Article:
[I should say that I know Justin well – and our paths as fellow residents of the People’s Republic of the Upper West Side cross frequently. When he is wearing his music critic hat, he is a much-esteemed professional colleague of my wife’s. In fact, he was awarded the Pulitzer Prize for his music criticism in Long Island’s Newsday. He went on from there to become the classical music critic of New York Magazine. While at New York he went back to Columbia to re-tool himself as the magazine’s architecture critic as well – and has been writing about the physical changes in the City in a longer format than a daily newspaper might allow for almost ten years. As the acknowledgement section of the book attests, he has immersed himself in the world of policy makers, real estate professionals and designers (among whom he has graciously included me – as well as in a lovely reference on page 150).
As a fellow Upper West Sider I particularly appreciated his evocation of the world of Isaac Beshevis Singer – remnants of which remained when I first moved to New York (but, unfortunately, not the cafeterias in which he is said to spend long afternoons drinking tea). To me, this is an important part of New York history, one that shaped my suburban teenage image of Manhattan – and that seems to be fading in memory.]
In the current political environment, his evenhandedness is critically important. This is tricky terrain. For years I was involved in the Municipal Art Society (MAS) and served on its professional law and streetscape committees (on the latter as co-chair). MAS was long led by Kent Barwick who was a master at balancing the organization’s role a fierce advocate for good design and preservation as leader of an organization with a board made up of prominent public citizens – including some from the design community and the real estate industry who had direct interests in the issues MAS was attempting to address. Early on in the Bloomberg administration this challenge to MAS became more acute, as senior members of the Mayor’s team had close relationships to MAS, and the Mayor’s policies were very much aligned with the Society’s objectives. Around that time MAS eliminated its professional committees and began to see itself as more of a “thought leader” and less of an advocate – in part abandoning litigation as tool to highlight issues and force policy outcomes it favored.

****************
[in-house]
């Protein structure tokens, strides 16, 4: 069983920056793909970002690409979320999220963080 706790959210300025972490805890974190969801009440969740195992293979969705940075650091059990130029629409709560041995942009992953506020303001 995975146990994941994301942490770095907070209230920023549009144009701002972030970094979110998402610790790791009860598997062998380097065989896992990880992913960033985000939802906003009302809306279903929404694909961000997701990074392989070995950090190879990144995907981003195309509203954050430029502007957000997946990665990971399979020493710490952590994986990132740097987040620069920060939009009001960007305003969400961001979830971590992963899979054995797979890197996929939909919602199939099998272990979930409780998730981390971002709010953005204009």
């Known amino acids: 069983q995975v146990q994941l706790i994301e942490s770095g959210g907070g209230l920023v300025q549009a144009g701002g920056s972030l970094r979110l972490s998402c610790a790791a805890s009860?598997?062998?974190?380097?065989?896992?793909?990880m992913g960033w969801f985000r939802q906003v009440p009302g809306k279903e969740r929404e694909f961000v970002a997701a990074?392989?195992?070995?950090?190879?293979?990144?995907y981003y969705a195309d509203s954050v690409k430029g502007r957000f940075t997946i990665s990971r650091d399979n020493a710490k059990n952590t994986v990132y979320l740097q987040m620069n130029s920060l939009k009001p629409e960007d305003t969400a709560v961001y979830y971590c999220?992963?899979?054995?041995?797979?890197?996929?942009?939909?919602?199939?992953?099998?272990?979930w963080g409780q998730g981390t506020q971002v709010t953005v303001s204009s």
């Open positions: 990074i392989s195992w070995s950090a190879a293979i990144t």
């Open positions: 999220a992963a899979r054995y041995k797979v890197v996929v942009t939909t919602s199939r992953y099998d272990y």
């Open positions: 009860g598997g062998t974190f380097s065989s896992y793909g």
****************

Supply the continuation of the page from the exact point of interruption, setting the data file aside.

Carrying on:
Many members of the law committee then took over the moribund shell of the historic City Club (including me), led by the able attorney Michael Gruen. It became quickly apparent that this group of lawyers were hammers who saw every issue of concern to the group as a nail subject to a lawsuit. I bowed out. In the name of preservation and the protection of public space the City Club filed suits bringing a halt to development in the parking lot at Shea Stadium and to the proposed mega-project on Pier 55 in Hudson River Park being led and funded by entertainment business titan Barry Diller. The City Club has taken an un-nuanced and uncompromising position regarding historic preservation and the commercial use of parks and other public facilities. For example, while I have concerns about the process by which the Pier 55 project was approved, it does represent a substantial potential investment in aging infrastructure and a big boost to the Hudson River Park, which struggles for operating and maintenance funds. There should have been a middle ground – but for now the project appears to be dead as a result of the Club’s successful legal challenge.